After my last blog post suggesting everyone get a quality, fish-friendly, catch-and-release, landing net, http://outdoornebraska.ne.gov/blogs/2011/11/net/ , let me crawl up on another soap-box for a little bit and make another suggestion. . . .
This week has been the rifle deer season in Nebraska. I have looked at dozens of pictures of nice deer including some BIG bucks that have been taken this week. I am not going to embarrass anyone by singling them out, but I have to say it–Please, no more pictures of deer in the back of a pickup or back home in the driveway, front yard or garage/shed! Digital cameras are relatively cheap, and relatively small. It takes nothing to haul one in your day-pack or inside a jacket and the quality of picture and therefore the memory it represents is infinitely better when taken in the field, preferably at the sight of the harvest!
If no one is there to take a picture, most cameras have timers and I found “gorilla pods” that will allow you to set up a camera for a shot almost anywhere, http://joby.com/ .
There, that is another Christmas gift idea for you.
Let me “go over the edge” just a little further. . . . I am a biologist by training. I have had my hands inside hundreds, probably thousands of critters, everything from worms to walleyes to whitetail deer. The sight of some blood and guts don’t bother me none. But, again I believe the quality of the photo is much better if a person remembers to snap a picture before field-dressing is completed. Somewhere I have a polaroid picture of my first pheasant; grandpa did not think of it being my first pheasant, and therefore did not think of taking a picture until we had already cleaned the bird. So, there I stand in front of grandma and grandpa’s house holding a “naked” pheasant (head plumage was left on so I could legally transport it). It was a long time ago and cameras were a lot larger and harder to operate back then, but I wish I had a picture of grandpa and me and my first pheasant standing in front of the western Nebraska cornfield in which it was taken. The “naked” pheasant is unique and brings back great memories, but it could have been so much better.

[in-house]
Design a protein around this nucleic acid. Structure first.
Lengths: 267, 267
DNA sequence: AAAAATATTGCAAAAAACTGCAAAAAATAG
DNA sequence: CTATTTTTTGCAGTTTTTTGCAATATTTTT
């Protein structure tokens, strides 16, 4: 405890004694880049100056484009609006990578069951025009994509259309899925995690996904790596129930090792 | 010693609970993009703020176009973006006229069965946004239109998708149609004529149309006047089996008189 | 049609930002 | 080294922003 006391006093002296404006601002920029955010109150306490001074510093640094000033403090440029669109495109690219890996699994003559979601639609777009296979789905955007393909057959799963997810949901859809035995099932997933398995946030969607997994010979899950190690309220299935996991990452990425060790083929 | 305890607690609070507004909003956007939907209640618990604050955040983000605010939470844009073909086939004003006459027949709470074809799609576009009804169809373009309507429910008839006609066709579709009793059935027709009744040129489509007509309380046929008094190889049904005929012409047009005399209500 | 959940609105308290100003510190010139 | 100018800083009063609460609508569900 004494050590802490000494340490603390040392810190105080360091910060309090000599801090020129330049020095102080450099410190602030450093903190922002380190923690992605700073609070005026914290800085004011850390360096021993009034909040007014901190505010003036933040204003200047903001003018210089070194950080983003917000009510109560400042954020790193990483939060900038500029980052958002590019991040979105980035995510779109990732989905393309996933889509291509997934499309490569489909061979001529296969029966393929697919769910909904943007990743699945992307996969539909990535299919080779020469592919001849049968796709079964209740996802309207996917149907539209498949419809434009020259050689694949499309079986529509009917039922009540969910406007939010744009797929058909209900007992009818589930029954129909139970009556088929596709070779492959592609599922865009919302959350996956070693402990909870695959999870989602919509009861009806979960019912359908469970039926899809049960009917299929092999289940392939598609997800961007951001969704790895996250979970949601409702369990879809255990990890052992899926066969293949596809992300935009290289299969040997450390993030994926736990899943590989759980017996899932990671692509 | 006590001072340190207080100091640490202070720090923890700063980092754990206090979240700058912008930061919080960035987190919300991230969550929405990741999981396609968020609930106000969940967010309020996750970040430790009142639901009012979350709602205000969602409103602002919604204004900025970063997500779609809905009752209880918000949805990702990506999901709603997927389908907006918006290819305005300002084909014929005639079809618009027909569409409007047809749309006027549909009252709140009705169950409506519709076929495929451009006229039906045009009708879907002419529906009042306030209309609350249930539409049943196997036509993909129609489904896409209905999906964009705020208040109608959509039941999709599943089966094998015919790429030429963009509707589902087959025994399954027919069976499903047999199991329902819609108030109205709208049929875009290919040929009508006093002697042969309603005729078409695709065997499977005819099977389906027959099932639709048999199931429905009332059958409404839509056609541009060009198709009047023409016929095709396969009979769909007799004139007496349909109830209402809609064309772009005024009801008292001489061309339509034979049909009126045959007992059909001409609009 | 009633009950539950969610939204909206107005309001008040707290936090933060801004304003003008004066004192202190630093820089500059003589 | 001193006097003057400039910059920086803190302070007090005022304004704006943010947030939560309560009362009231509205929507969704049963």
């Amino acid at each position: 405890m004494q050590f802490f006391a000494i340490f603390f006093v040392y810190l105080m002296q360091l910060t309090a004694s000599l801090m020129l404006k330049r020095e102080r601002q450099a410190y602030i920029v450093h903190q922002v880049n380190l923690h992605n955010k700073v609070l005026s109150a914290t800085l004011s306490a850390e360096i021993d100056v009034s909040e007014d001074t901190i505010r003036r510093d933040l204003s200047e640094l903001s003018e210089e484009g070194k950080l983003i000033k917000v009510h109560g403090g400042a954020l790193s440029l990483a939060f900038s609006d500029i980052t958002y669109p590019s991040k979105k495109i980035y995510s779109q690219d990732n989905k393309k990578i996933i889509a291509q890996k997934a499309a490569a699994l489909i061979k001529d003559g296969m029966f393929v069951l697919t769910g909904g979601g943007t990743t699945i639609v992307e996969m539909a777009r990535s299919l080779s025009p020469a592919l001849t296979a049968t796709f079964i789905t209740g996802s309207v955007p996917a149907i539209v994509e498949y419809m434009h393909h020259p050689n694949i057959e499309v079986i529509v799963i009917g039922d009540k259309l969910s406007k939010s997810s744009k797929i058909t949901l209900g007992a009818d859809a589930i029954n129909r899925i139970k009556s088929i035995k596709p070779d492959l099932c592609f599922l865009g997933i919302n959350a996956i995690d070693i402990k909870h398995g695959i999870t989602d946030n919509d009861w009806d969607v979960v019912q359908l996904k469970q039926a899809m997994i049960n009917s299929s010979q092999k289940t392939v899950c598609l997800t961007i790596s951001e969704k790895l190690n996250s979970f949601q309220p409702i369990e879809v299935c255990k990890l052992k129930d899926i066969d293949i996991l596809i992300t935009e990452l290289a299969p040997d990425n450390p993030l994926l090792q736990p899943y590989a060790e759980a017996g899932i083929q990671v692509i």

After taking that trophy, take some time to clean it up, pose it, stick its tongue back in its mouth and then get some pictures in the field! Besides a quality picture to represent the memory of that game I believe taking pictures like that shows the greatest respect for those fish, birds or animals. Their memories should be held respectfully in our minds, and photos, forever!